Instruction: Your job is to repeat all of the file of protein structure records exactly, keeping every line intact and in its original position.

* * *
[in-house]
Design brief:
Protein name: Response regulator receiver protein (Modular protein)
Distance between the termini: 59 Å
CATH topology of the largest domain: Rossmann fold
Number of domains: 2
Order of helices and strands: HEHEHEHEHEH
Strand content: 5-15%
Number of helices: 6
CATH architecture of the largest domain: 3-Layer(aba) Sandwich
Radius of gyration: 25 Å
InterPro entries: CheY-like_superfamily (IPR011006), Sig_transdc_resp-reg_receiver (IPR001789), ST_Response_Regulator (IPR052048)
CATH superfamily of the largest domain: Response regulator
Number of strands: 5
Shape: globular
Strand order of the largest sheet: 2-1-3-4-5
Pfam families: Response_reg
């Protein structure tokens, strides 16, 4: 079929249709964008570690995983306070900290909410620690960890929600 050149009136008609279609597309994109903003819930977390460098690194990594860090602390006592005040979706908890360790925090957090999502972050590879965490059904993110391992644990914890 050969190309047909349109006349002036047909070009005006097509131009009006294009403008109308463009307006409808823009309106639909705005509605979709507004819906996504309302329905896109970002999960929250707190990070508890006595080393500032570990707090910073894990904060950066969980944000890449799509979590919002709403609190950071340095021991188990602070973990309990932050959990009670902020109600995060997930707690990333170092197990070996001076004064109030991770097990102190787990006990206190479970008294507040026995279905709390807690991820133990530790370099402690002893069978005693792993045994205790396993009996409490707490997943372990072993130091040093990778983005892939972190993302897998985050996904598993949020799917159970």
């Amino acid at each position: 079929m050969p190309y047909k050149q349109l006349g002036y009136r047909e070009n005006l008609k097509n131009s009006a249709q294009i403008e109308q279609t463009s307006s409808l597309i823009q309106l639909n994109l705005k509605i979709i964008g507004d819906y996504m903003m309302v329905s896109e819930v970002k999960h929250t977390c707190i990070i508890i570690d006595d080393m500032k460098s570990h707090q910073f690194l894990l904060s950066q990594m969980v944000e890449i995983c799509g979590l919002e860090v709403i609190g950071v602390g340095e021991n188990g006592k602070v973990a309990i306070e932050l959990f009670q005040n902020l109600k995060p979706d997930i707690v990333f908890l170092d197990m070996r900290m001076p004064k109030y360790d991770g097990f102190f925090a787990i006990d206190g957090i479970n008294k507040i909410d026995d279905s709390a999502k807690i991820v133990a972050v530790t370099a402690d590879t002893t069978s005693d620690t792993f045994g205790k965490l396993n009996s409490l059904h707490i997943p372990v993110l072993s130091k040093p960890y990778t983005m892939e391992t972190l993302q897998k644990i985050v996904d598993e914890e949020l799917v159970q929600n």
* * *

[in-house]
Design brief:
Protein name: Response regulator receiver protein (Modular protein)
Distance between the termini: 59 Å
CATH topology of the largest domain: Rossmann fold
Number of domains: 2
Order of helices and strands: HEHEHEHEHEH
Strand content: 5-15%
Number of helices: 6
CATH architecture of the largest domain: 3-Layer(aba) Sandwich
Radius of gyration: 25 Å
InterPro entries: CheY-like_superfamily (IPR011006), Sig_transdc_resp-reg_receiver (IPR001789), ST_Response_Regulator (IPR052048)
CATH superfamily of the largest domain: Response regulator
Number of strands: 5
Shape: globular
Strand order of the largest sheet: 2-1-3-4-5
Pfam families: Response_reg
């Protein structure tokens, strides 16, 4: 079929249709964008570690995983306070900290909410620690960890929600 050149009136008609279609597309994109903003819930977390460098690194990594860090602390006592005040979706908890360790925090957090999502972050590879965490059904993110391992644990914890 050969190309047909349109006349002036047909070009005006097509131009009006294009403008109308463009307006409808823009309106639909705005509605979709507004819906996504309302329905896109970002999960929250707190990070508890006595080393500032570990707090910073894990904060950066969980944000890449799509979590919002709403609190950071340095021991188990602070973990309990932050959990009670902020109600995060997930707690990333170092197990070996001076004064109030991770097990102190787990006990206190479970008294507040026995279905709390807690991820133990530790370099402690002893069978005693792993045994205790396993009996409490707490997943372990072993130091040093990778983005892939972190993302897998985050996904598993949020799917159970």
């Amino acid at each position: 079929m050969p190309y047909k050149q349109l006349g002036y009136r047909e070009n005006l008609k097509n131009s009006a249709q294009i403008e109308q279609t463009s307006s409808l597309i823009q309106l639909n994109l705005k509605i979709i964008g507004d819906y996504m903003m309302v329905s896109e819930v970002k999960h929250t977390c707190i990070i508890i570690d006595d080393m500032k460098s570990h707090q910073f690194l894990l904060s950066q990594m969980v944000e890449i995983c799509g979590l919002e860090v709403i609190g950071v602390g340095e021991n188990g006592k602070v973990a309990i306070e932050l959990f009670q005040n902020l109600k995060p979706d997930i707690v990333f908890l170092d197990m070996r900290m001076p004064k109030y360790d991770g097990f102190f925090a787990i006990d206190g957090i479970n008294k507040i909410d026995d279905s709390a999502k807690i991820v133990a972050v530790t370099a402690d590879t002893t069978s005693d620690t792993f045994g205790k965490l396993n009996s409490l059904h707490i997943p372990v993110l072993s130091k040093p960890y990778t983005m892939e391992t972190l993302q897998k644990i985050v996904d598993e914890e949020l799917v159970q929600n």